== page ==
It transpired in the course of the submissions that at times there is rivalry between respective religious groups. In this case the rivalry appears to be between different places of worship of one religious group. It is commonly known that when there is call to prayer in the early hours of the morning at about 5.00 am, on the other hand amplifiers and loudspeakers blare forth recorded chantings of pirith”. The proceedings in this case evoked much response of persons who are buffeted by the countervailing forces of such amplified noise.

It may be appropriate here to state albeit briefly some matters with regard to the chanting of pirith” which dates back to the time of the Buddha. The chanting of pirith” takes place only upon an invitation addressed three times to the Maha Sangha. Chanting follows with compassion to the devotees who address the three-fold invitation.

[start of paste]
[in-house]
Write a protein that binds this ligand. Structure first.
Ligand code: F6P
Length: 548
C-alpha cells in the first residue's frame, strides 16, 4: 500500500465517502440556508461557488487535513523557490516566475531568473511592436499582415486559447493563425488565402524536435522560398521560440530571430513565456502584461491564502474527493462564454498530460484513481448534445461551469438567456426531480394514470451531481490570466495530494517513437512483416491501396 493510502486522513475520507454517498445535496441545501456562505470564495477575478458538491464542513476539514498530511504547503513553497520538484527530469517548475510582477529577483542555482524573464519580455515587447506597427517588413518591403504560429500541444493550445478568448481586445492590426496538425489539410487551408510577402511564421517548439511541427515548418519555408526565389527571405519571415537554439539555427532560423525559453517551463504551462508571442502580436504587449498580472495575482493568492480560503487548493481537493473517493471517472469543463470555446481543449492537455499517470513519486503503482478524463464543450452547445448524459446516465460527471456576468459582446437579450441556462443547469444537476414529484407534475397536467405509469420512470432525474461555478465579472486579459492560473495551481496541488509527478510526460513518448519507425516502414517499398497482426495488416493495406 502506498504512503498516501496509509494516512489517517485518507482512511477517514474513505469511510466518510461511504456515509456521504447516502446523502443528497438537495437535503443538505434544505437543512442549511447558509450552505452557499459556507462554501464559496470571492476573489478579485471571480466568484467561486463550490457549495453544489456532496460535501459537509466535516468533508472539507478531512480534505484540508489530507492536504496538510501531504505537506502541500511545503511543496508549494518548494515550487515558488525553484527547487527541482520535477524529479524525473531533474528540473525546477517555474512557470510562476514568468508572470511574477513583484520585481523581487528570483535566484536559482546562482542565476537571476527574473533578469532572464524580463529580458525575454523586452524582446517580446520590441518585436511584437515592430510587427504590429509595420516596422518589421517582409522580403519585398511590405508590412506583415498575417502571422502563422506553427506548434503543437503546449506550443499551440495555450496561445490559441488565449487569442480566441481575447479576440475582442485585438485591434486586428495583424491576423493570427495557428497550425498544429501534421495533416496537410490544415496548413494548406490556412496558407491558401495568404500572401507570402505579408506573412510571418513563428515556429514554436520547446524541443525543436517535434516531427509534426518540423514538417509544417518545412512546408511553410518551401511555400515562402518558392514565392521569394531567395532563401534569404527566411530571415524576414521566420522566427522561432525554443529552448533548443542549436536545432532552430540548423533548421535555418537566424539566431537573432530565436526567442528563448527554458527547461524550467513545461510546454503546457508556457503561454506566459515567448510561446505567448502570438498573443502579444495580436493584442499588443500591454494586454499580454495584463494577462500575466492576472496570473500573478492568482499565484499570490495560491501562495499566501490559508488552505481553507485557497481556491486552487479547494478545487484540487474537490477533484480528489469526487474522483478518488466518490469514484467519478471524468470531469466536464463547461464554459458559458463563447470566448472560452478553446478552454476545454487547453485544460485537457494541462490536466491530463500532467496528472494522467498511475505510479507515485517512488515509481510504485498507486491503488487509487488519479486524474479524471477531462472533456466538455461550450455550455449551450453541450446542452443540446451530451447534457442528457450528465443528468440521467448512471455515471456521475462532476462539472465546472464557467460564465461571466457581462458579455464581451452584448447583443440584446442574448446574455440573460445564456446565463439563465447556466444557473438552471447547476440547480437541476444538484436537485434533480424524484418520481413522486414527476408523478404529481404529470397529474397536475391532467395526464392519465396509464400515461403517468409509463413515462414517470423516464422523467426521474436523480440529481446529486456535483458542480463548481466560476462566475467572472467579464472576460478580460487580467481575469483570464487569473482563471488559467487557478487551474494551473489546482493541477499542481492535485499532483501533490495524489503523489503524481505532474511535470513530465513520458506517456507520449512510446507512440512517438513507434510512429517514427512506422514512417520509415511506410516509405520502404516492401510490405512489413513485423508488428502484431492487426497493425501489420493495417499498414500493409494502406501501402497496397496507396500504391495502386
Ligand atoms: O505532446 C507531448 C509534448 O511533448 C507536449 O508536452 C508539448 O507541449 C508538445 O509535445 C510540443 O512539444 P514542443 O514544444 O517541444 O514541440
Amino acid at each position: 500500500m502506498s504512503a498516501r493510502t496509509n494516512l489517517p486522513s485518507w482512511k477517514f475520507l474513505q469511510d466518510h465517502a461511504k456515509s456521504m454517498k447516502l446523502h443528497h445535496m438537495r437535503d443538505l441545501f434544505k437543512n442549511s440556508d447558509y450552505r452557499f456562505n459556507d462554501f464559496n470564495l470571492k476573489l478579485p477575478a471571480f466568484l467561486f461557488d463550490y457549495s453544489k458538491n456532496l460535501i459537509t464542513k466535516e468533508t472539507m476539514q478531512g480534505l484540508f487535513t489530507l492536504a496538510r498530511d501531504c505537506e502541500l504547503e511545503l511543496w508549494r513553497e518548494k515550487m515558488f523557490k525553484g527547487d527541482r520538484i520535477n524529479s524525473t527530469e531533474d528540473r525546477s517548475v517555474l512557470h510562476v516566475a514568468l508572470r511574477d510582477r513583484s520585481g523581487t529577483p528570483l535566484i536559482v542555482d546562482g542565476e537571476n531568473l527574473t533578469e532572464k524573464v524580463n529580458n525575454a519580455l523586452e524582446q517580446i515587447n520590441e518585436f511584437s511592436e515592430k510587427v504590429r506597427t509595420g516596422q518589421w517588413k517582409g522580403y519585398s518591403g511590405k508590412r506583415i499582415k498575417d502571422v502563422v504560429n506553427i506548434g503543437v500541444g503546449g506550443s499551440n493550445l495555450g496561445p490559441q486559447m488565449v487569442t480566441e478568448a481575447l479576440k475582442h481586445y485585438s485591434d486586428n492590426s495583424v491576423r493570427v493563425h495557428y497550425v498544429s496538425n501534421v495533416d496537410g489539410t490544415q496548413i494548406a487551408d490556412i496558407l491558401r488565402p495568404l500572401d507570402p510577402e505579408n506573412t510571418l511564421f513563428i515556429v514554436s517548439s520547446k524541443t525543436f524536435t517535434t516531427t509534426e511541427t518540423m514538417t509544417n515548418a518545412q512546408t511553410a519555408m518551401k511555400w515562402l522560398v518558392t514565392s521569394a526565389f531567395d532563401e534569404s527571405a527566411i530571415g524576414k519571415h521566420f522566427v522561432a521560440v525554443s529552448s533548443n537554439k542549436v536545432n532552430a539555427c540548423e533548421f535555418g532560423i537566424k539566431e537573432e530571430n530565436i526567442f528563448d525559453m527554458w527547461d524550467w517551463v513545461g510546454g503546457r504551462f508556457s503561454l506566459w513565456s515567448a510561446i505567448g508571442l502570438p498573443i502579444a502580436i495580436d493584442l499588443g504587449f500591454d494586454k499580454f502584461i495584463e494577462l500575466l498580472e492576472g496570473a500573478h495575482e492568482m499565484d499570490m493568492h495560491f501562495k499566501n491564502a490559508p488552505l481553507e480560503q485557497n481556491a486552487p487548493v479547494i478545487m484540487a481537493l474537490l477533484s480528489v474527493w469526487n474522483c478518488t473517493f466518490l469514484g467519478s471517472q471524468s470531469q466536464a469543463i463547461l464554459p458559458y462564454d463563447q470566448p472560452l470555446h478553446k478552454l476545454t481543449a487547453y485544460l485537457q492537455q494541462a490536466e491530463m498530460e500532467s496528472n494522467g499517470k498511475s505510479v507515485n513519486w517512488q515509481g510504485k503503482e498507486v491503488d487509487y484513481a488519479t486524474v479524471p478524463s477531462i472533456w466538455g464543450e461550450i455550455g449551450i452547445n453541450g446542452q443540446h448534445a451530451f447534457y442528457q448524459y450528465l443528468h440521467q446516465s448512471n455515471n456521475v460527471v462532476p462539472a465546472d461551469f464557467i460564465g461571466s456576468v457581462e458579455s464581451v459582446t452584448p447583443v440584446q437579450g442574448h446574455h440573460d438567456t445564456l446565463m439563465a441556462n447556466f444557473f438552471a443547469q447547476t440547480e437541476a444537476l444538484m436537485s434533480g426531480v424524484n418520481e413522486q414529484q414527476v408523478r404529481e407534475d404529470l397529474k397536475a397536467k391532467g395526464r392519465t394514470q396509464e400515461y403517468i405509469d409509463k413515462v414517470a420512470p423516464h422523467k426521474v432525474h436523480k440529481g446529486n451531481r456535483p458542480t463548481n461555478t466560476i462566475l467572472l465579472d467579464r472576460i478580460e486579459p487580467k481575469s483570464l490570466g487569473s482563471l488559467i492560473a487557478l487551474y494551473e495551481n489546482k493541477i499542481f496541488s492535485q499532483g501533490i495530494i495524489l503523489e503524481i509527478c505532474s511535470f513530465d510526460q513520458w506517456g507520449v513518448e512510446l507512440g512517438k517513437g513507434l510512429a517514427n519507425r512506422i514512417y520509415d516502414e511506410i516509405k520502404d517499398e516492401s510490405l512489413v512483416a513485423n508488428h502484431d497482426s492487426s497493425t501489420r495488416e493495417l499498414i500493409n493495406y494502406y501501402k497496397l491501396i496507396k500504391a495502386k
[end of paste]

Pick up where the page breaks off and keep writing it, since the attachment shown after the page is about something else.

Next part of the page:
Much respected Piyadassi Thero in his work titled The Buddha’s Ancient Path” has stated as follows (at page 17). That benefit could be derived only, by listening intelligently and confidently to paritta sayings because of the power of concentration that comes into being through attending whole-heartedly to the truth of the sayings.”

Thus there must necessarily be a close proximity between the person chanting and the person who is listening. Blaring forth the sacred suttas and disturbing the stillness of the environment, forcing it on ears of persons who do not invite such chant is the antethesis of the Buddha’s teaching.